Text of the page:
“I just wanted to say a big thank you to the counsellor I spoke to this morning. I dont know what I would have done if you had not been there to talk to. You made me feel so much better about myself and gave me hope that maybe I will make it. I am so grateful for everything you have done. I was able to feel like my feelings are valid and that I have worth and a reason to live.”Girl aged 14
Childline gives every child access to free, confidential support whenever they need it. In 2020/21, we delivered 76,000 councilling sessions to children and the young people contacting us for the first time. Childline is always here to listen, whatever their worry.
Childline is here for children and young people wherever and whenever they need us. Feedback from young people has told us:
- Childline helps them feel less alone with their problems
- Childline helps them see their problems from a new perspective
- Talking about problems with Childline helps them open up with other people.
In 2018 we created specifically for children under-12, to ensure our information is accessible for young people of all ages.
What Causes Depression
Just what causes depression is not well understood. But it is linked to a problem with activity levels in certain parts of the brain as well as an imbalance of brain chemicals that affect mood. Things that may cause these problems include:
- Stressful events, such as changing schools, going through a divorce, or losing a close family member or friend.
- Some medicines, such as or for pain relief.
- Family history. In some children, depression seems to be inherited.
Take Care Of Yourself
A mental health crisis is stressful for everyone in the family, especially when a child suffers from a mental illness. As a parent of someone who is affected, its critical that you set aside time and energy to maintain your wellness.
Talk therapy is an excellent option, as it only requires one hour a week and is highly effective. Seeing a therapist regularly will allow you to sort through your challenges and set proper boundaries.
Your therapist will also have the background to provide the right context for what your child is going through. This can give you a playbook for the process.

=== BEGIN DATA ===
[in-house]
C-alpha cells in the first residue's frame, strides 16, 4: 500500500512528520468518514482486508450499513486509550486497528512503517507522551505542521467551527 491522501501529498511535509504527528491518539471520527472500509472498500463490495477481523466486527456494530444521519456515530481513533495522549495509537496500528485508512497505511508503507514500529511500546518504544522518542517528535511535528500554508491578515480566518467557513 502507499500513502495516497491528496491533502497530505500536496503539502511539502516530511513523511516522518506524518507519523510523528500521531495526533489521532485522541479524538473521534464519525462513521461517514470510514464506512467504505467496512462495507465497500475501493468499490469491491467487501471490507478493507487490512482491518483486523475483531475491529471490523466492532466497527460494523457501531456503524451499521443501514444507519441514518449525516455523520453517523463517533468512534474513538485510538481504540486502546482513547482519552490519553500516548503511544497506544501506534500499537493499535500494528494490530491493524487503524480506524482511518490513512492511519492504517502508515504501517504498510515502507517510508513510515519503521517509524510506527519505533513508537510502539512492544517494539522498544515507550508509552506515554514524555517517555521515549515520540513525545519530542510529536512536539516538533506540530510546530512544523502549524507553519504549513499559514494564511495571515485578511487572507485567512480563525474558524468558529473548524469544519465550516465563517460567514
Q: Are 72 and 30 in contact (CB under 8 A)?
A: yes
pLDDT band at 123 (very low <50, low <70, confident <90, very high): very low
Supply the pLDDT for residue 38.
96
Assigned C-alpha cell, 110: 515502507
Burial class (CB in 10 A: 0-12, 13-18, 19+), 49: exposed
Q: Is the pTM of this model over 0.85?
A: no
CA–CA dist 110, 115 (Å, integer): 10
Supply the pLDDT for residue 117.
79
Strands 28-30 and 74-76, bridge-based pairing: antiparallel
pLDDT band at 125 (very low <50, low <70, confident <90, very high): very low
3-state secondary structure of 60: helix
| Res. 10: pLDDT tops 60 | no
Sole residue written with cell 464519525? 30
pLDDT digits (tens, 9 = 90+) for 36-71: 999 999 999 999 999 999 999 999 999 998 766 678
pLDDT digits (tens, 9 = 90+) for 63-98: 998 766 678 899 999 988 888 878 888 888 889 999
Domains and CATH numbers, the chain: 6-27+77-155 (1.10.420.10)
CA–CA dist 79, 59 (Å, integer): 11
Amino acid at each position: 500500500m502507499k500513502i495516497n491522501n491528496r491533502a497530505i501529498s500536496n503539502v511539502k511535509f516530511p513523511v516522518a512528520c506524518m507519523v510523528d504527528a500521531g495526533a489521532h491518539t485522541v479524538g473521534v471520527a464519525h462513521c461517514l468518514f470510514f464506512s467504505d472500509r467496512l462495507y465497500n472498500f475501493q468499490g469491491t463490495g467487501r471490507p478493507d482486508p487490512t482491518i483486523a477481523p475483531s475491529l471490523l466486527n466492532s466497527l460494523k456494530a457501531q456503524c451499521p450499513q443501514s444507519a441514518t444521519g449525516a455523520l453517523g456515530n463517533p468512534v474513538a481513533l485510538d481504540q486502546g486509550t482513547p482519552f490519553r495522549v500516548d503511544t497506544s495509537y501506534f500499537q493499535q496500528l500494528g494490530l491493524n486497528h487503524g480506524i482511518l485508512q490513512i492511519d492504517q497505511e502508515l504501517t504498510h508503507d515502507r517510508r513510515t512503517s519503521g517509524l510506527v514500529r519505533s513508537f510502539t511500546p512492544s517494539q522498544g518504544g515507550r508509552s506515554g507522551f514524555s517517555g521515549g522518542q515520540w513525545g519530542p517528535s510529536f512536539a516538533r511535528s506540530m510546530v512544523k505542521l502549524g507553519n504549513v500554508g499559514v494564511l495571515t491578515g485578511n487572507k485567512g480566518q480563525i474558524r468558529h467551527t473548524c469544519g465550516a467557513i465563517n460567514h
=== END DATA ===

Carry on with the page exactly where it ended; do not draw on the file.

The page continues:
People are often ashamed to talk about mental health due to stigma. It can be frightening when your adult child has a mental health issue, but remember:
Theyand youare not alone. One in four Americans has a mental health issue in any given year. Its very likely that your neighbors or co-workers have dealt with something similar. Just like them, with the right plan and attitude, your child will get through theirs and return to a happy, productive and enjoyable life.
How Can I Help An Adult Child With Major Depression
It can be very painful to watch your child struggle with major issues. While it is difficult to watch a young child have this mental illness, a minor can be forced into against his or her will. An adult child may have just as many problems, if not more, and you can do very little to help them short of finding a judge to commit them against their will. So if you can’t force them, what can you do instead? Here are some suggestions:
Come from Their SideIf you want to help your child at all, you need to be on their side and not against it. Instead of letting them know what’s wrong with them, talk to them instead about how their action or situation must be painful for them. Don’t offer solutions, but ask how they are going to solve their issues or get through the pain of something. Encourage them to solve problems, but don’t offer advice until they ask you. Even then, make sure to offer a few things that they could do, but don’t tell them what they should do.
Tip 5: Take Care Of Yourself
As a parent, you may find yourself focusing all your energy and attention on your depressed teen and neglecting your own needs and the needs of other family members. However, its extremely important that you continue to take care of yourself during this difficult time.